Raising a Transgender Child

Two local moms open up about parenting a transgender child — and what they’ve learned about loving your children for exactly who they are
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Note: To protect the identities of these families, we are using only first names and have changed the children's names.

The first big sign came when Connie and her family were on a vacation house swap. The vacation home had plenty of tutu skirts, dolls and dress-up clothes for the kids to play with, but no typical boy toys. The couple’s middle child, 3-year-old Sarah, was thrilled. James, their 5-year-old son was, too.

“James said, ‘I want to wear this tutu around,’” Connie says. “I think in my mind I was just sort of like, hey, this is a phase.”

As time passed and James’s preference for feminine play increased, Connie admits it gave her some anxiety.

“I was concerned about people judging me and judging my child. James would get looks from people.” Eventually, James said, “I don’t want to wear these dress-up tutus. Will you buy me some real dresses? I don’t have to wear them outside of the house.”

That James recognized a preference for feminine clothes as unconventional was the turning point.

“That’s when we realized this was not just a phase; when we realized that James was happier when we were allowing her to express herself this way,” Connie says. “James has always been a really overly sensitive, sweet, gentle, but very happy kid. For her to think that it wasn’t OK for her to be herself, wherever, broke my heart. It made me take a good hard look in the mirror at myself,” she says.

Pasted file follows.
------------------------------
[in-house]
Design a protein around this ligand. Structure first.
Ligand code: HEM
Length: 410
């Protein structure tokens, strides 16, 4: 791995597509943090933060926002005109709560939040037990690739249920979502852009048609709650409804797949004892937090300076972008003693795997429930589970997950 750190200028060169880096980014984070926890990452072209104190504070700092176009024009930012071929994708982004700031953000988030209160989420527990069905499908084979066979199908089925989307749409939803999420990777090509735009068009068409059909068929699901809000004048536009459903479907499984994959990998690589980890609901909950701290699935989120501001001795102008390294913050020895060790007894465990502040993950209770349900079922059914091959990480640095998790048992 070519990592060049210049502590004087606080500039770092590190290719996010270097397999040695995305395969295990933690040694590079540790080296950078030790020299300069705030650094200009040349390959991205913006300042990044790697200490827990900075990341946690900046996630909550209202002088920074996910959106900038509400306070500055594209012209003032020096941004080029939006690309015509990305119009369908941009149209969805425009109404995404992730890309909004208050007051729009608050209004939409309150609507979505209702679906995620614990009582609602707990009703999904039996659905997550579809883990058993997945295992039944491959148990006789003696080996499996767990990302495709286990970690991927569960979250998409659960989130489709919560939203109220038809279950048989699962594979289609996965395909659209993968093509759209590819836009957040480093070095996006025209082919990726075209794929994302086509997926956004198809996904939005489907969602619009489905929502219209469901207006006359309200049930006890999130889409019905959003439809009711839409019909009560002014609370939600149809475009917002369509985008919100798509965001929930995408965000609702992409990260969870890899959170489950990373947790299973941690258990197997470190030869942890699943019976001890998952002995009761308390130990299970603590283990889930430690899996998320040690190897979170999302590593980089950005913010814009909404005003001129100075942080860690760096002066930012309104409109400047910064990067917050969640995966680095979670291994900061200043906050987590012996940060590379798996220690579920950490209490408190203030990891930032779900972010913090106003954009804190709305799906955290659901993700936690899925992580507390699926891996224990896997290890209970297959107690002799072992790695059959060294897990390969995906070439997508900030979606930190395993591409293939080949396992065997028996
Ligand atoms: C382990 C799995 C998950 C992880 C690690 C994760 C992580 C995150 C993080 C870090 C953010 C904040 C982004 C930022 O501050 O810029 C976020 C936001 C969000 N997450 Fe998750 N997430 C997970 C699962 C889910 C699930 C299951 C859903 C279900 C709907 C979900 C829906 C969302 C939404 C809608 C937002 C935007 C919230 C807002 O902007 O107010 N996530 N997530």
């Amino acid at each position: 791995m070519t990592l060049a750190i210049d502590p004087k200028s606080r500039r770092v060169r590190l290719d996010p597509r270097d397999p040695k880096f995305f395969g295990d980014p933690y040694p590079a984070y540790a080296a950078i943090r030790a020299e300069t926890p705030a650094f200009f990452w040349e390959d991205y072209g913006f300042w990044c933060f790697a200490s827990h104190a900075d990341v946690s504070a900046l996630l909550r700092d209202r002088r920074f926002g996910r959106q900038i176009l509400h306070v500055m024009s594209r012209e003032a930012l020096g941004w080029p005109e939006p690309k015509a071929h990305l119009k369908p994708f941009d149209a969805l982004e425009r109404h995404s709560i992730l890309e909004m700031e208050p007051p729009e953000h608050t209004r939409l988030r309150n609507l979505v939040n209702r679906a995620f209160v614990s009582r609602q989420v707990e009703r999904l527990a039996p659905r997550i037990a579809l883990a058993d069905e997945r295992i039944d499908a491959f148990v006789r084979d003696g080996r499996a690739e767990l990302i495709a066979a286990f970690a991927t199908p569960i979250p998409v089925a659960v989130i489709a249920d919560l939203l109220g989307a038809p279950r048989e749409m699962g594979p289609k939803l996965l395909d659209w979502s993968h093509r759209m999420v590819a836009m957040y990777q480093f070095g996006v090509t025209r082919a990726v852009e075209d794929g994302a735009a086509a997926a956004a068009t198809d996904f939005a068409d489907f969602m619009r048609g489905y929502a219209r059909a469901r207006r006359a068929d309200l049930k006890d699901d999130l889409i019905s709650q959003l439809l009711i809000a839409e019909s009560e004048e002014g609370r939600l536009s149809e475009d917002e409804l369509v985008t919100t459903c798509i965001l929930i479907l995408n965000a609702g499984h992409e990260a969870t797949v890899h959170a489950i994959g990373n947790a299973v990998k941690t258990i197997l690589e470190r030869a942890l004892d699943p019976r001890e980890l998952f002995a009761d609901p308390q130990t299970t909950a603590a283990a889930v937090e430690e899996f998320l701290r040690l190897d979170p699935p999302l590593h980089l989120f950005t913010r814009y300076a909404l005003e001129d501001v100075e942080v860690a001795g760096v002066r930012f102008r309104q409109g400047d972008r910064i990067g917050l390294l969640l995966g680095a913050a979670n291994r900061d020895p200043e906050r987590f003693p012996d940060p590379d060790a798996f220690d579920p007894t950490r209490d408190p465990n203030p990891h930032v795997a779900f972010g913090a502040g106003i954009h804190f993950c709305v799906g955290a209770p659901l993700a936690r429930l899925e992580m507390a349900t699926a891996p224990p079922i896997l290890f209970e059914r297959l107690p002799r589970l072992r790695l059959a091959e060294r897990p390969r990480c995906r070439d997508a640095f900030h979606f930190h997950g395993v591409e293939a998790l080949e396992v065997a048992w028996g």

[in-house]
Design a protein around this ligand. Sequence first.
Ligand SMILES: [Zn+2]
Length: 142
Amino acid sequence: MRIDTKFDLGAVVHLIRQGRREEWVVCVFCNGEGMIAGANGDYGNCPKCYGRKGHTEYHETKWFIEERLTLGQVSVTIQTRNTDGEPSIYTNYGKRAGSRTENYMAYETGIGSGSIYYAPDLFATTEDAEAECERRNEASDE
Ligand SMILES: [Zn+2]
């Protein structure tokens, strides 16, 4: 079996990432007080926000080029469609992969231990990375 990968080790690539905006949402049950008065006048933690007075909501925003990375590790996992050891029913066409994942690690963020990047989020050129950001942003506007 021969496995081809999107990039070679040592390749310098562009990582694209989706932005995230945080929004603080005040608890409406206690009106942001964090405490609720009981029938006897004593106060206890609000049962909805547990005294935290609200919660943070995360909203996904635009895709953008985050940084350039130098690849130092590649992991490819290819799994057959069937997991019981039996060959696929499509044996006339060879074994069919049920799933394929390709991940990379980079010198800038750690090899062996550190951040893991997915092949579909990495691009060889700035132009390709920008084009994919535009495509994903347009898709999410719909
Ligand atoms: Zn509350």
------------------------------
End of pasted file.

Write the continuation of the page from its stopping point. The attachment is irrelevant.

It also launched Connie and her family on a journey to help their young child explore gender identity and navigate unchartered territory, while making sure their child can grow up happy, healthy and feeling loved.

 

Answering the Question: Is my Child Transgender?

For Ashley, another Charlotte mom of two, Connie’s experience is very familiar. Her youngest child, Taylor, was 4 years old when Ashley started to notice that he had a preference for very feminine pretend play.

“Then ‘Frozen’ came along,” she laughs. “Taylor was obsessed with Elsa! She wanted an Elsa dress, so we bought her the ‘Frozen’ dress. And then we bought her the ‘Frozen’ wig, too, with the braid. That thing did not come off her head for a month straight.”

Of course, there’s more to being transgender than dress-up preferences and playing with dolls. Individuals whose biological sex, gender expression, and gender identity neatly align, often are referred to as “cisgender.” Transgender can describe anyone whose identity or behavior falls outside of stereotypical gender norms.

More narrowly defined, transgender refers to an individual whose gender identity does not match his or her assigned birth gender. Being transgender does not imply any specific sexual orientation (attraction to people of a specific gender). Therefore, transgender people may additionally identify with a variety of other sexual identities as well.

“Gender identity is a deep sense of who you are. And that’s in your brain,” Ashley says. “My child, Taylor, gets up in the morning, and she sees herself in the mirror as much as a girl as the rest of us, even though she was born with a different part. It’s not that there’s something wrong with you. It’s not a mental disorder. It’s the way you’re born.”  

But getting an official diagnosis of gender dysphoria —the transgender spectrum — can be tricky. Pediatricians aren’t always equipped to offer advice. Many therapists who specialize in gender don’t treat children. This is all complicated by the fact that gender identity is on a spectrum.